The whole English cricket world came to a halt on Sunday, August 25 when Ben Stokes scripted a miracle at Headingley to not only win the third Ashes Test for his team but also prevent Australia from retaining it. This sparked off a series of exclamatory remarks and comments from everyone who witnessed the knock.
No less a person that Sir Geoffrey Boycott said Stokes' innings is the best that he has seen in over 5 decades of his watching cricket. Many others have also judged the innings to be the best knock in Test history. But after the dust had settled at Headingley and the uncontrollable exultation subsided, the claim of this innings being the best ever begin to be studied more closely.
There is one knock in particular that many people, especially Indians, are pointing to as having been a better one than Stokes' 135 not out. It is the epic 281 scripted by VVS Laxman at Eden Gardens in Kolkata in the famous 2001 Test.
So, which one is the better knock: Laxman's or Stokes'? For that, let us compare the two innings on several parameters.
Length of the innings
Stokes scored 135 not out and Laxman 281. So, it seems clear that Laxman's innings was of a much bigger scale. However, the bare score doesn't convey the fact that Stokes took more than 150 balls to get to his fifty. It shows that he had to battle it out early on before launching an all out attack in the latter part of his innings.
Laxman's 281 consisted of 452 deliveries. So, it was certainly a much longer knock. One can say, in literary terms, that Laxman's knock was an epic while Stokes' was a masterpiece of normal length.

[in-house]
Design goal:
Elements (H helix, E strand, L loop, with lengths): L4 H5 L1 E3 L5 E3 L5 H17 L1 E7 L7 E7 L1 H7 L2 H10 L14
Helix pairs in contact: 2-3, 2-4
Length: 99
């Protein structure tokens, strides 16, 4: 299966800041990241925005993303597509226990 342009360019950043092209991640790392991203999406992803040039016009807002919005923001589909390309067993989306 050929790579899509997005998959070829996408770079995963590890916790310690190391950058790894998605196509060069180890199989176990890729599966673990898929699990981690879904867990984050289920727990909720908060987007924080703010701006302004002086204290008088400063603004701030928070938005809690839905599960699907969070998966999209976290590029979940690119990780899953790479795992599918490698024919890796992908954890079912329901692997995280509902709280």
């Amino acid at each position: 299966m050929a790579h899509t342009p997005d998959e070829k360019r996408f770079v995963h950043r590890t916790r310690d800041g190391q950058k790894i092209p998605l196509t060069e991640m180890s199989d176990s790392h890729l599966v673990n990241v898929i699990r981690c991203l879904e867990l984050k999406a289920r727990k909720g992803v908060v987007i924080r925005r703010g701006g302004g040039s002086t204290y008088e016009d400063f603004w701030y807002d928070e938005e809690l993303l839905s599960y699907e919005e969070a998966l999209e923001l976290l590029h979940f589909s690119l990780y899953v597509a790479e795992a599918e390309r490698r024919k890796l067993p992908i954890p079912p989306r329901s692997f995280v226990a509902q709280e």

What made Laxman's innings memorable were the circumstances in which it came. India were following on in the second Test of a 3-Test series and had lost the first game. The Australians had won 16 Tests in a row heading into this match. India were 42 runs short of avoiding an innings defeat when they lost their fourth wicket. The pitch had plenty of help for spinners and there was rough outside the leg stump for Shane Warne to work with. So, this was an innings against all odds. However, Laxman did have the support of a great batsman at the other end in Rahul Dravid.
Stokes' on the other hand was batting with his team 9-down and needing 73 runs to win. They were one wicket away from letting Australia retain the Ashes. The pitch, though, was still good for batting but there were rough patches outside Stokes' off stump for off-spinner Lyon to work with. Stokes not only had to score runs himself but also protect his partner by letting him face as few of the deliveries as possible, something he did really well.
So, both knocks came when the situation was grim for the two teams.
Bowling attacks against them
The bowling attack faced by Laxman included two all-time great bowlers in Glenn McGrath and Shane Warne. Along with them, two other very capable bowlers in Jason Gillespie and Michael Kasprowicz were also in the line-up.
The Australian bowling attack against Stokes had Josh Hazlewood, Pat Cummins and James Pattinson for seamers and Nathan Lyon as the sole spinner. None of these bowlers are, as yet, considered legends of the game. However, they were all in great form and had bowled out England for 67 in the first innings.
Again, it's hard to decide which bowling attack was more threatening.
It is hard to come up with a definite answer to the question of who played the better knock. However, Laxman certainly seems to have an edge considering the magnum opus-like nature of his innings and the feat of having denied Shane Warne, arguably the greatest spinner of all time, his wicket despite the rough outside the leg-stump. In the end, it's a highly subjective assessment and every person will have his own unique view.